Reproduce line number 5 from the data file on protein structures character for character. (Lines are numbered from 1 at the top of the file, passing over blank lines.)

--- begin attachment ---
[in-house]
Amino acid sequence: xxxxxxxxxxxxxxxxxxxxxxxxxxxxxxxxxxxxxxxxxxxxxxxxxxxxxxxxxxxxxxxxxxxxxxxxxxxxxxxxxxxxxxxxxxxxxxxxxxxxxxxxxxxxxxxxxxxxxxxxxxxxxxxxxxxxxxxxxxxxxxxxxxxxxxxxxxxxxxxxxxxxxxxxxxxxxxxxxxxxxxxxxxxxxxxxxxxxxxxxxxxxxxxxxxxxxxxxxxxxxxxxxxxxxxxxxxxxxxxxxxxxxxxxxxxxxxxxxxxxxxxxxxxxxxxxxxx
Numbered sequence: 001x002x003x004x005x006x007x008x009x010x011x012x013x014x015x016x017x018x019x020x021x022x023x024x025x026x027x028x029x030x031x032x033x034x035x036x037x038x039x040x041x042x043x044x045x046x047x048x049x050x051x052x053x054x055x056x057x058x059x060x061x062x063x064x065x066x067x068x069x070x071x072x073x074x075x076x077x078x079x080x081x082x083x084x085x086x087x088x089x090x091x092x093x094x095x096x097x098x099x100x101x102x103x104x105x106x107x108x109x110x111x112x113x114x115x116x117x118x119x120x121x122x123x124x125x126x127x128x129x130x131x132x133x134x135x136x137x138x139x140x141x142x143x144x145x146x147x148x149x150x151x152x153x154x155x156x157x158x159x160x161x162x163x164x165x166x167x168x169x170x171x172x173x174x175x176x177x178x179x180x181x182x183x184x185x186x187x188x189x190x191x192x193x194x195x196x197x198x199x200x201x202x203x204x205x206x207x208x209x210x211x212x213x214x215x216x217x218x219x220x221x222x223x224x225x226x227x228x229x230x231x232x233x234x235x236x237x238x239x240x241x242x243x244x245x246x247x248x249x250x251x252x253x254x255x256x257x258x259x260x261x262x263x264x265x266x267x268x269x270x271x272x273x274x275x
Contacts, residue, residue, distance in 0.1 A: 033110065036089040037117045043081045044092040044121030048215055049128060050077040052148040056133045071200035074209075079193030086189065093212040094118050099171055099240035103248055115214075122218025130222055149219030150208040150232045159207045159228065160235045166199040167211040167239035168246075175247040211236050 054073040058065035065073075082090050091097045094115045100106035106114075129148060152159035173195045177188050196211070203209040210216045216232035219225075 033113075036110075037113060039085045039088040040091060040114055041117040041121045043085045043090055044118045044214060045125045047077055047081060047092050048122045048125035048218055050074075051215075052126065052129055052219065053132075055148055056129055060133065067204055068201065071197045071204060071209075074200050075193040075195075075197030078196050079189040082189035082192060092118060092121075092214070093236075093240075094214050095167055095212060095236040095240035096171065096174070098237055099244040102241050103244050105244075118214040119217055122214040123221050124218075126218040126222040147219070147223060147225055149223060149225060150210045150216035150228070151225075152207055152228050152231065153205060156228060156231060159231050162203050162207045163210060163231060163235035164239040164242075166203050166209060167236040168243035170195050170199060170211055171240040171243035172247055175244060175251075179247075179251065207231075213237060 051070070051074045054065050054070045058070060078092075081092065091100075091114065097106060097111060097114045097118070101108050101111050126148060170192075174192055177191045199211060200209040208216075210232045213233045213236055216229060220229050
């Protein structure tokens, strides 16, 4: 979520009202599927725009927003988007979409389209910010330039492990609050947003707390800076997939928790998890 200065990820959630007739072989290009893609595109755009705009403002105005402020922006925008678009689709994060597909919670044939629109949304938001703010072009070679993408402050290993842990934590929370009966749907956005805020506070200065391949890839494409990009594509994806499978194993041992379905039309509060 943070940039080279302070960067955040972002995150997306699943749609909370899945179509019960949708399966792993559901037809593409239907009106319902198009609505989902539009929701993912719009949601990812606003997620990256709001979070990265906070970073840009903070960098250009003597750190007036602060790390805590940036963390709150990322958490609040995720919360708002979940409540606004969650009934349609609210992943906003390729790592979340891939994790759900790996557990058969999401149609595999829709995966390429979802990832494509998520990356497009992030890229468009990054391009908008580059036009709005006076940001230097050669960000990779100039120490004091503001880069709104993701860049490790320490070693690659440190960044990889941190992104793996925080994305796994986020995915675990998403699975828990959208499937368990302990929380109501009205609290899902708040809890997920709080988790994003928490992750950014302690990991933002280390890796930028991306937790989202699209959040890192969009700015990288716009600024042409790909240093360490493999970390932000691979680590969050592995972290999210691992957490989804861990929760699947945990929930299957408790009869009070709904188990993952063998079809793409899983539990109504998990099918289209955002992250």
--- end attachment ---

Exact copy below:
């Protein structure tokens, strides 16, 4: 979520009202599927725009927003988007979409389209910010330039492990609050947003707390800076997939928790998890 200065990820959630007739072989290009893609595109755009705009403002105005402020922006925008678009689709994060597909919670044939629109949304938001703010072009070679993408402050290993842990934590929370009966749907956005805020506070200065391949890839494409990009594509994806499978194993041992379905039309509060 943070940039080279302070960067955040972002995150997306699943749609909370899945179509019960949708399966792993559901037809593409239907009106319902198009609505989902539009929701993912719009949601990812606003997620990256709001979070990265906070970073840009903070960098250009003597750190007036602060790390805590940036963390709150990322958490609040995720919360708002979940409540606004969650009934349609609210992943906003390729790592979340891939994790759900790996557990058969999401149609595999829709995966390429979802990832494509998520990356497009992030890229468009990054391009908008580059036009709005006076940001230097050669960000990779100039120490004091503001880069709104993701860049490790320490070693690659440190960044990889941190992104793996925080994305796994986020995915675990998403699975828990959208499937368990302990929380109501009205609290899902708040809890997920709080988790994003928490992750950014302690990991933002280390890796930028991306937790989202699209959040890192969009700015990288716009600024042409790909240093360490493999970390932000691979680590969050592995972290999210691992957490989804861990929760699947945990929930299957408790009869009070709904188990993952063998079809793409899983539990109504998990099918289209955002992250």